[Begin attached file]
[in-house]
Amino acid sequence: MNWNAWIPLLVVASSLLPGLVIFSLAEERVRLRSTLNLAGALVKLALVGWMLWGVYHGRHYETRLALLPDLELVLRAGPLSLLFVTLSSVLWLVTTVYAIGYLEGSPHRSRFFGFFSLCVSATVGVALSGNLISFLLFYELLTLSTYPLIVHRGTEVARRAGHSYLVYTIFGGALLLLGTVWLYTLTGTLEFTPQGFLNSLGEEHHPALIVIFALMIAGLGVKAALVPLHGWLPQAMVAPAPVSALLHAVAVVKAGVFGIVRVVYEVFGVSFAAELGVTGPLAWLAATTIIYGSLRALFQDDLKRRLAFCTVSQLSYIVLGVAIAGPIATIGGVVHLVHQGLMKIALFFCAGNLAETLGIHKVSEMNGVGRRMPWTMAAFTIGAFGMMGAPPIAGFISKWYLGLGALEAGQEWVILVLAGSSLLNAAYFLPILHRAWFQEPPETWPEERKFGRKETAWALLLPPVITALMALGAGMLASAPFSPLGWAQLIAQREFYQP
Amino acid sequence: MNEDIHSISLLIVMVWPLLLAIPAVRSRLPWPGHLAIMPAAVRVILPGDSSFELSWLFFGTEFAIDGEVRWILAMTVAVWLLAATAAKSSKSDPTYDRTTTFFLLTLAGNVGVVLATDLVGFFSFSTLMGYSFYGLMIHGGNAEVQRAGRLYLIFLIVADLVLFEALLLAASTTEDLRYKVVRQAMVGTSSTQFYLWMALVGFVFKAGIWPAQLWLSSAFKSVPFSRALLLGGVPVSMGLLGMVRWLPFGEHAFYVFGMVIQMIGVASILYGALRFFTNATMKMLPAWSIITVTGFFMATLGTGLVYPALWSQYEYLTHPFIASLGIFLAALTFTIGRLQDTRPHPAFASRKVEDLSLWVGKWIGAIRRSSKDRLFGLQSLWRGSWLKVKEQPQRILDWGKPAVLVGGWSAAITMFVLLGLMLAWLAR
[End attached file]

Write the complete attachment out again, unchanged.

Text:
[in-house]
Amino acid sequence: MNWNAWIPLLVVASSLLPGLVIFSLAEERVRLRSTLNLAGALVKLALVGWMLWGVYHGRHYETRLALLPDLELVLRAGPLSLLFVTLSSVLWLVTTVYAIGYLEGSPHRSRFFGFFSLCVSATVGVALSGNLISFLLFYELLTLSTYPLIVHRGTEVARRAGHSYLVYTIFGGALLLLGTVWLYTLTGTLEFTPQGFLNSLGEEHHPALIVIFALMIAGLGVKAALVPLHGWLPQAMVAPAPVSALLHAVAVVKAGVFGIVRVVYEVFGVSFAAELGVTGPLAWLAATTIIYGSLRALFQDDLKRRLAFCTVSQLSYIVLGVAIAGPIATIGGVVHLVHQGLMKIALFFCAGNLAETLGIHKVSEMNGVGRRMPWTMAAFTIGAFGMMGAPPIAGFISKWYLGLGALEAGQEWVILVLAGSSLLNAAYFLPILHRAWFQEPPETWPEERKFGRKETAWALLLPPVITALMALGAGMLASAPFSPLGWAQLIAQREFYQP
Amino acid sequence: MNEDIHSISLLIVMVWPLLLAIPAVRSRLPWPGHLAIMPAAVRVILPGDSSFELSWLFFGTEFAIDGEVRWILAMTVAVWLLAATAAKSSKSDPTYDRTTTFFLLTLAGNVGVVLATDLVGFFSFSTLMGYSFYGLMIHGGNAEVQRAGRLYLIFLIVADLVLFEALLLAASTTEDLRYKVVRQAMVGTSSTQFYLWMALVGFVFKAGIWPAQLWLSSAFKSVPFSRALLLGGVPVSMGLLGMVRWLPFGEHAFYVFGMVIQMIGVASILYGALRFFTNATMKMLPAWSIITVTGFFMATLGTGLVYPALWSQYEYLTHPFIASLGIFLAALTFTIGRLQDTRPHPAFASRKVEDLSLWVGKWIGAIRRSSKDRLFGLQSLWRGSWLKVKEQPQRILDWGKPAVLVGGWSAAITMFVLLGLMLAWLAR